Linda Kinstler ’13 emphasizes the power of personal storytelling



Kinstler’s signatures appeared in The New York Times, The Washington Post, Atlantic, The Economistand Jewish Currents. His latest book, Come to This Court and Weep: How the Holocaust Ends, published by Public Affairs, is being translated into five languages. She is currently a doctoral candidate in rhetoric at UC Berkeley and previously studied as a Marshall Scholar at the University of Cambridge.

The Russian department has invited Kinstler to give a talk on November 17 to discuss Ukraine and possible legal and journalistic responses to the war and its trauma.

“This conference is going to go back and forth in time to try to share some of the questions my colleagues and I have been asking,” Kinstler said at the start of his conference. “What does justice look like in Ukraine? Will the courts undertake the necessary investigations and trials? And, most importantly, what can we do with all that they don’t recognize – what are the testimonies, evidence and bodies that will inevitably be left out of the story?

Throughout his presentation, Kinstler fused the historical contexts of post-war justice – and lack thereof – into the context of Ukraine’s present. She argued that these historical patterns are essential tools for analyzing the current moment.

“The avenues currently being discussed as to how we might judge what is happening in Ukraine … all refer to old concepts and are based on historical examples,” she said.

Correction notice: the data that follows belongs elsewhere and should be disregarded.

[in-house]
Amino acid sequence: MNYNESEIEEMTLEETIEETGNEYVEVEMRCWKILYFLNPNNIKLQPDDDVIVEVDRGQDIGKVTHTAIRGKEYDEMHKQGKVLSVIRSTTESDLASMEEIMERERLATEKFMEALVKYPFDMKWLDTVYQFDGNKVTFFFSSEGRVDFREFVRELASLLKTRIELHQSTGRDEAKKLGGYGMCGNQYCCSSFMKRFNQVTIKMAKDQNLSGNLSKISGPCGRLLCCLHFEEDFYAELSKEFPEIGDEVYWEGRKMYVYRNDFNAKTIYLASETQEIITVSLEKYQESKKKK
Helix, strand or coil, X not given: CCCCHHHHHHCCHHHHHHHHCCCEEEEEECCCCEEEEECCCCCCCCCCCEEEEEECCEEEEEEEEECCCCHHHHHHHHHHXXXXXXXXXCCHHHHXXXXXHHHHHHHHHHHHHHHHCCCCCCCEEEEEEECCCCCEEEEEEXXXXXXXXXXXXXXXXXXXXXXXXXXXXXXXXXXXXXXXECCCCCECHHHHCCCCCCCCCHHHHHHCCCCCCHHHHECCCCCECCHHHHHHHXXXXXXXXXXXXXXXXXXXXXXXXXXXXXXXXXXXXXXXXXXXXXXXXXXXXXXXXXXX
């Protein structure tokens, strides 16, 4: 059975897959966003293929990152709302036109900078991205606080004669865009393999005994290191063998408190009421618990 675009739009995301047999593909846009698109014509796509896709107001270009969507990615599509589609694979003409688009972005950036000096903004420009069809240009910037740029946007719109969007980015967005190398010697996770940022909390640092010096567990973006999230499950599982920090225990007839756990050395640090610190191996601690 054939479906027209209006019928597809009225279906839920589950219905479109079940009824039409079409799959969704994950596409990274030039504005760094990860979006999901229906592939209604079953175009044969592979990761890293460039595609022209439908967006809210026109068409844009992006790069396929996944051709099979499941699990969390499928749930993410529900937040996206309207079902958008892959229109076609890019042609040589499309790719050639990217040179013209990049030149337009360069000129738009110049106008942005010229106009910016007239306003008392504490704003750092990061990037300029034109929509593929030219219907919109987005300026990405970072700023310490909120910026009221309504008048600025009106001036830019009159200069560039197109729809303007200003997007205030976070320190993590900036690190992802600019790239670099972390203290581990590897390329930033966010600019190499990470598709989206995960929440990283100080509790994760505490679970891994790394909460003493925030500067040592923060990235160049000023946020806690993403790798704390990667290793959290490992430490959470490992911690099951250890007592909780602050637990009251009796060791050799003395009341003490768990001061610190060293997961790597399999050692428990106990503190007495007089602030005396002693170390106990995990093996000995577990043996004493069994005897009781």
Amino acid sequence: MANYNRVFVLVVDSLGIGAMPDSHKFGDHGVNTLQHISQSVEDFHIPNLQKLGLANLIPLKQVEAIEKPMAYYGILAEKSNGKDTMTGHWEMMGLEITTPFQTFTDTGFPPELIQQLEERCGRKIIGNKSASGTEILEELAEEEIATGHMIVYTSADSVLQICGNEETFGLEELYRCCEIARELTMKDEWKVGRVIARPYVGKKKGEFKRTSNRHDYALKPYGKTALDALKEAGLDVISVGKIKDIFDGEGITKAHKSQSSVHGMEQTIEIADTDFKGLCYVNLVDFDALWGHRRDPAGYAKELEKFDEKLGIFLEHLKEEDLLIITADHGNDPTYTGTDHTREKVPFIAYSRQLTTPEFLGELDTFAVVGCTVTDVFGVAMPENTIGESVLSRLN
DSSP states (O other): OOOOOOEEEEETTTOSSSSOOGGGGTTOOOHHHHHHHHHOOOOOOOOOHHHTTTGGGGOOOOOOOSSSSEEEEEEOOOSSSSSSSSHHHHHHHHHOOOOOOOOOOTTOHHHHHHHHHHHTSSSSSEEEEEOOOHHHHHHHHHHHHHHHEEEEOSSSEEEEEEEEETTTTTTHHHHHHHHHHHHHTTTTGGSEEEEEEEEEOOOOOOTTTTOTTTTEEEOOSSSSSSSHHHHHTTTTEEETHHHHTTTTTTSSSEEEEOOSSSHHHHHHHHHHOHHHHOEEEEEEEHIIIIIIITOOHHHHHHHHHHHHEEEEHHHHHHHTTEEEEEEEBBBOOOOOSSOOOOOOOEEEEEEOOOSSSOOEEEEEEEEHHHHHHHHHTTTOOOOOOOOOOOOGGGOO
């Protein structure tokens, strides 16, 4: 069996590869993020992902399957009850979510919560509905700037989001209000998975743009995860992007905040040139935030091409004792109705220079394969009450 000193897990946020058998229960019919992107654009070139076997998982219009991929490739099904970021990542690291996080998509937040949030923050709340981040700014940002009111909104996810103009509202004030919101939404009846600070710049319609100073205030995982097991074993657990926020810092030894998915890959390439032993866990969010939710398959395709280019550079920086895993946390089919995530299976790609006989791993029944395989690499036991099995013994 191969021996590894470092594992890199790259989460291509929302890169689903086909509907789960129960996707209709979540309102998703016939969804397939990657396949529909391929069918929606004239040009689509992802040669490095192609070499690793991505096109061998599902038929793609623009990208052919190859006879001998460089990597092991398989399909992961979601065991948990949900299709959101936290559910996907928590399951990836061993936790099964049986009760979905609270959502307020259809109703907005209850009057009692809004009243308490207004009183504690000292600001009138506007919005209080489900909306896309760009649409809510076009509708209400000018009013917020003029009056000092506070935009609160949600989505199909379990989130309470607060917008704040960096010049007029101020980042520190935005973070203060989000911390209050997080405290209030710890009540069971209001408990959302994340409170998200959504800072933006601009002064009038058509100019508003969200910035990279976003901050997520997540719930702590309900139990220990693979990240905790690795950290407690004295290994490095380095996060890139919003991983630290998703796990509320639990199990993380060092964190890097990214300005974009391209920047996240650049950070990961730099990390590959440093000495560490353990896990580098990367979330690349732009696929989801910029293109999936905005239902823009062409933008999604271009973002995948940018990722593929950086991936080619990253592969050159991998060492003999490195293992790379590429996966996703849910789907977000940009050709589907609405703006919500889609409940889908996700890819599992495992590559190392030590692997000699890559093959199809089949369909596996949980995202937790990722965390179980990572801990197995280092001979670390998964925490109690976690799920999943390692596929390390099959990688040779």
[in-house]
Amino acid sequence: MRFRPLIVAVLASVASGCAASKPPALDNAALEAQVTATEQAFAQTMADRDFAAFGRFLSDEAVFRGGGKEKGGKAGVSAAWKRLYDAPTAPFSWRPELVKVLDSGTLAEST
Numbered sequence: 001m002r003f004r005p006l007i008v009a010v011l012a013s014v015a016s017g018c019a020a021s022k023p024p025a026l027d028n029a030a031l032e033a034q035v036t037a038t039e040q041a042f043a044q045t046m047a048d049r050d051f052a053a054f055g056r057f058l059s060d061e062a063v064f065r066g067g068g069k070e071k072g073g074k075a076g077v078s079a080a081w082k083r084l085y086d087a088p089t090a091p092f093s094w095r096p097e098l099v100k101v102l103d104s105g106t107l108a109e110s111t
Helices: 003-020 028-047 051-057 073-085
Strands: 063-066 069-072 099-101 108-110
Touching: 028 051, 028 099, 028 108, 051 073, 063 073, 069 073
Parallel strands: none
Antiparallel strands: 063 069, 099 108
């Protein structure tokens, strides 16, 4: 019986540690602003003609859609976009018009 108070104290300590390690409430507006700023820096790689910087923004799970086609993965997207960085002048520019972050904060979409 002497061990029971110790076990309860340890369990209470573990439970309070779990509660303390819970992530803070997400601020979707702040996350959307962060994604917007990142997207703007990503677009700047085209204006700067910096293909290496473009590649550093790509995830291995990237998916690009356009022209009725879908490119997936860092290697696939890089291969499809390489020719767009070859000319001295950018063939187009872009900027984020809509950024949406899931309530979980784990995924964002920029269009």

A key tenet of the conference was how censorship and the institutional practice of rewriting history will affect the image of justice in Ukraine.

“Much of my work deals with legal fiction and the relationship between literature and law. Indeed, the legal system of many countries is making room and producing its own fictions,” Kistler said. “Unfortunately, as much as the law produces its own fictions, it is also very bad at undoing those presented to it.”

Kinstler believes that the role of journalists, both foreign and domestic, cannot be underestimated in the effort to preserve history and ensure justice. In her lecture, she spoke about the importance of collecting testimonies in order to avoid a generalized “legal fiction”.

“Local journalists [will be] on the ground to collect testimony as required by law, to document the atrocities they witness before they are quickly erased,” Kinstler said. “The first one [step] is to collect testimonies for use in legal proceedings, and the second is to publicly broadcast the accounts they collect.

Not only did Kinstler stress the importance of legal and interpersonal avenues for disseminating information, but she argued that both are necessary for the advancement of justice for Ukraine.

“In logic [of this plan for journalists] is an acknowledgment that none of them is enough – that you will fail if you only go to court, and you will fail if you take another approach,” she said. “You really have to do both, and you have to do them all the time.”

Throughout his speech, Kinstler shared anecdotes from his book, Come to this court and weep, to illustrate some of the challenges that accompany these efforts to preserve history.

“I’ve met many people who actively refused to participate in legal proceedings, unwilling to play the role of ‘survivor,’ and unwilling to have their testimonies instrumentalized,” Kinstler said. “These moments bring out the shared paradoxical feelings that legal proceedings produce.”

Whether highlighting these first-hand accounts or bringing historical accounts, Kinstler’s conference highlighted the tensions between advancing justice for Ukraine while honoring the stories of those most affected by the country’s conflicts.

“Let’s train journalists not to do damage and, in a more optimistic way, to do something constructive,” she said at the end of her conference. “They are bound by an obligation to share the stories and to secure the narratives so that they can be less easily undermined, but they also have to ensure that any trials that occur in the future can take place.”

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